She shook her head, "They might come today and then we'll need to leave and sort it out. If I get it done before hand, then I might." A wicked amile grew on her face as she said, "Maybe even drag the four of them along and surprise them."
Glennis chuckled, "You're going back to being yourself I see." She was. Finally she was slowly dropping the mask she had worn when she was around the Matron. The cold witch she never was. And even though it had surprised the witches before two years ago, they seemed to have gotten used to her now.
"Seems like a good time to do so," she said and cocked her head, "Was there anything you needed?"
Glennis sighed, "Yes, well if you're quiet done, dinner is served."
Manon raised a brow, "You came here to tell me just that? I highly doubt it." She crossed her arms leaning against the door frame of her chambers. More of an apartment though than a chamber.
Glennis smiled and held out a small box, long box. "Your father sent this a while ago." Father. Her throat closed up as she nodded taking the box wrapped in red, a note with her fathers writing atop. She placed it in her room for the time being. Later. She liked having a moment for dad's gifts. He's rarely able to send them and when he does....Stop. Stop thinking about home, Manon.
As if knowing where her thoughts had wondered to Glennis said soflty, "You will go back one day Manon. All of you will."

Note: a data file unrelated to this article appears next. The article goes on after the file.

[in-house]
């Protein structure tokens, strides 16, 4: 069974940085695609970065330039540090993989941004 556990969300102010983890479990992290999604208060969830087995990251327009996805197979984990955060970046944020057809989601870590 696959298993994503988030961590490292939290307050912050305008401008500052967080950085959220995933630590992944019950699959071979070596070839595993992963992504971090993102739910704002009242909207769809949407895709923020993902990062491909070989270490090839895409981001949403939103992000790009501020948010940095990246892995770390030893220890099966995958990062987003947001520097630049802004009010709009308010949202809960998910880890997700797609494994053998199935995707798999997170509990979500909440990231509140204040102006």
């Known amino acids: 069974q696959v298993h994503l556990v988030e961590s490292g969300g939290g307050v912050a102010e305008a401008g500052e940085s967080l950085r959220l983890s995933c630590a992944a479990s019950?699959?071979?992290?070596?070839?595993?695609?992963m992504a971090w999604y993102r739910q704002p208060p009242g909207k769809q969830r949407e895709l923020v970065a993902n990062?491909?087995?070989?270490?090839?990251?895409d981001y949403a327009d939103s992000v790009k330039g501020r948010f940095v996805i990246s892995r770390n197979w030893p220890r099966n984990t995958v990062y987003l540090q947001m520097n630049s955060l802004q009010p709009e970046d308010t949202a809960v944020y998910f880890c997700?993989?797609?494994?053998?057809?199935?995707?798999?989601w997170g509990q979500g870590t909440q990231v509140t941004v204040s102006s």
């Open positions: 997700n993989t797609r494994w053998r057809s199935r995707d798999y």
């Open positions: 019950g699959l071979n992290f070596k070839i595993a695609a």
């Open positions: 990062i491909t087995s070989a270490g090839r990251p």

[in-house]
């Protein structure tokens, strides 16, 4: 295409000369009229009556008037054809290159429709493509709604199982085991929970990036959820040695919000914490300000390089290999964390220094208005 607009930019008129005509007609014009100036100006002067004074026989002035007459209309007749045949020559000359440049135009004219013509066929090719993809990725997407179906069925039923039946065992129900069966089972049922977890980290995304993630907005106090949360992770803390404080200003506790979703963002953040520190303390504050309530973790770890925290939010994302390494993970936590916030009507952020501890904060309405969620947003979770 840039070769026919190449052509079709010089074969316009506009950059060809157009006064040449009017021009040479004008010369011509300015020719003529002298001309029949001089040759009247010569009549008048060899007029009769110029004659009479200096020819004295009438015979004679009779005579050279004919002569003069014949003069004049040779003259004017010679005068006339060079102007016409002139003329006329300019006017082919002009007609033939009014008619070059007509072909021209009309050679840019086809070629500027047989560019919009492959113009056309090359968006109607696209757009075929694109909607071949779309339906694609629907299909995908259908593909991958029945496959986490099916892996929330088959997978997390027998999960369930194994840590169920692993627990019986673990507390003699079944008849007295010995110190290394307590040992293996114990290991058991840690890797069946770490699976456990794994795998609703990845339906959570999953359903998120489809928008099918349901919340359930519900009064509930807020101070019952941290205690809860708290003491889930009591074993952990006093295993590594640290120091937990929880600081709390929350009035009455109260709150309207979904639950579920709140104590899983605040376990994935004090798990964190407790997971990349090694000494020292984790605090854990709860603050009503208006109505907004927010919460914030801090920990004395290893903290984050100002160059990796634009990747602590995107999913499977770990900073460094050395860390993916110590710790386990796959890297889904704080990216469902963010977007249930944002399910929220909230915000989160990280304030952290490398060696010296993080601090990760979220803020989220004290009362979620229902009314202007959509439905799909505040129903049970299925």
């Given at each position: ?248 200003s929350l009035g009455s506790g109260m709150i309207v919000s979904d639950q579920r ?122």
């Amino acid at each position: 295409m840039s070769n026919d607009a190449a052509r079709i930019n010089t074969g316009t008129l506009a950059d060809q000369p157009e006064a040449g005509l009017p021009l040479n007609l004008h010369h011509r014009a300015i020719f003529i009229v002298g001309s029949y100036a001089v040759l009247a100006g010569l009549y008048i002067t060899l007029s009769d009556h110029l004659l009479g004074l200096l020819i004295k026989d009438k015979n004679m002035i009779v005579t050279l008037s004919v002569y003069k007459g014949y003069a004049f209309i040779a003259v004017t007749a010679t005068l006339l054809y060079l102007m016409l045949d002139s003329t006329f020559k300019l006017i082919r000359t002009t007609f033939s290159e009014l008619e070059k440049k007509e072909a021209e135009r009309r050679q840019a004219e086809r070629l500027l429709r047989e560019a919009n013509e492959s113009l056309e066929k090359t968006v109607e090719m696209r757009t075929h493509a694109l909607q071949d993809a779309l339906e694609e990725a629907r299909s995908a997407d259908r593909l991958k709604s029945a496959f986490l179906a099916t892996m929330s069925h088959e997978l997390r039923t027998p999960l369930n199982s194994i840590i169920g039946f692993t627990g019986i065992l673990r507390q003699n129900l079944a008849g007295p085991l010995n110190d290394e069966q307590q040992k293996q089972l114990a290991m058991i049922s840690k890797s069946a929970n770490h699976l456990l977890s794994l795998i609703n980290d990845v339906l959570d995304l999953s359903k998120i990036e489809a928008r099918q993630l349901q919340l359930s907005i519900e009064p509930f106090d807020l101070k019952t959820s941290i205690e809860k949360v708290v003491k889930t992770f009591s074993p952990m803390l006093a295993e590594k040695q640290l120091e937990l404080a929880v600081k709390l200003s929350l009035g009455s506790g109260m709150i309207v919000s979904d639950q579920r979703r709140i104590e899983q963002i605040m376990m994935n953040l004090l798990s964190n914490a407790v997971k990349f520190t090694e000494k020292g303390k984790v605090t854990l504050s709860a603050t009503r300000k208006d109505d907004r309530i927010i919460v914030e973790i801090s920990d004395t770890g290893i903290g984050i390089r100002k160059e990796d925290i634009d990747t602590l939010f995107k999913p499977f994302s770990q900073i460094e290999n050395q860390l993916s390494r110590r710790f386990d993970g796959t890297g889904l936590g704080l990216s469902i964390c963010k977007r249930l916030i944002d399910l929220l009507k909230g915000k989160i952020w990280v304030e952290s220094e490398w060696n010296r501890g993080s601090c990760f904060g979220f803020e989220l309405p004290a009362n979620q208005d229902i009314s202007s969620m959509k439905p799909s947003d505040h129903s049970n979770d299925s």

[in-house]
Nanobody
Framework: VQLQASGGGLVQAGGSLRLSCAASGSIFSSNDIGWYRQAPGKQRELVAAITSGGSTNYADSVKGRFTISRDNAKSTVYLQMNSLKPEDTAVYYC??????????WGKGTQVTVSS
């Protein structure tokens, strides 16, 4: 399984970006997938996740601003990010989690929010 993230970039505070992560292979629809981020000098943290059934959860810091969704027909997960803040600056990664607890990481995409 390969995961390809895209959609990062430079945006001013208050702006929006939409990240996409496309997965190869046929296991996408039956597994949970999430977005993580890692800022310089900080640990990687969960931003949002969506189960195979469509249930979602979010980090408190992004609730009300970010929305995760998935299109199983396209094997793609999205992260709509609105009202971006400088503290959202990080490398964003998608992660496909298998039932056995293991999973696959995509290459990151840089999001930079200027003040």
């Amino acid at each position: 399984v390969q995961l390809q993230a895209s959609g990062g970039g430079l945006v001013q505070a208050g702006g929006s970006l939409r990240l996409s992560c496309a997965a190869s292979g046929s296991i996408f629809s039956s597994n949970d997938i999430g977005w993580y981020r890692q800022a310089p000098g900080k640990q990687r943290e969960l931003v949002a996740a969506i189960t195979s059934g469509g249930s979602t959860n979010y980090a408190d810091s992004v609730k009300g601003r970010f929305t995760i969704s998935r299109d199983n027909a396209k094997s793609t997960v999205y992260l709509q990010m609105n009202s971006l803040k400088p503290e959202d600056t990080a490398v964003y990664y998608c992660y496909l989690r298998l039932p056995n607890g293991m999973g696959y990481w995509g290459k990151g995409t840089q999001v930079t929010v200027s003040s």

"The past eleven thousand years in exile definetly told me that," she replied just as softly. Exiled from our home. All twenty six of us banished from our home for no real reason than the hate of two queens. Who were long supposed to be off the throne. It wasn't even a proper exile. They didn't go by the rules that applied when banishing anyone from their world. Bitches.
She nodded, "Someday," she repeated and headed outside to the dining hall, her dress flowing freely around her. Not the corset laden monstrosities the gossip ladies in Adarlan wore. A free flowing dress so we don't break our ribs and struggle to breath. She had tried those once, back home with her mother when she was fifteen. And ripped the gown apart not two minutes later. No one had dared show her such a dress again. Even though her mother laughed and said the same.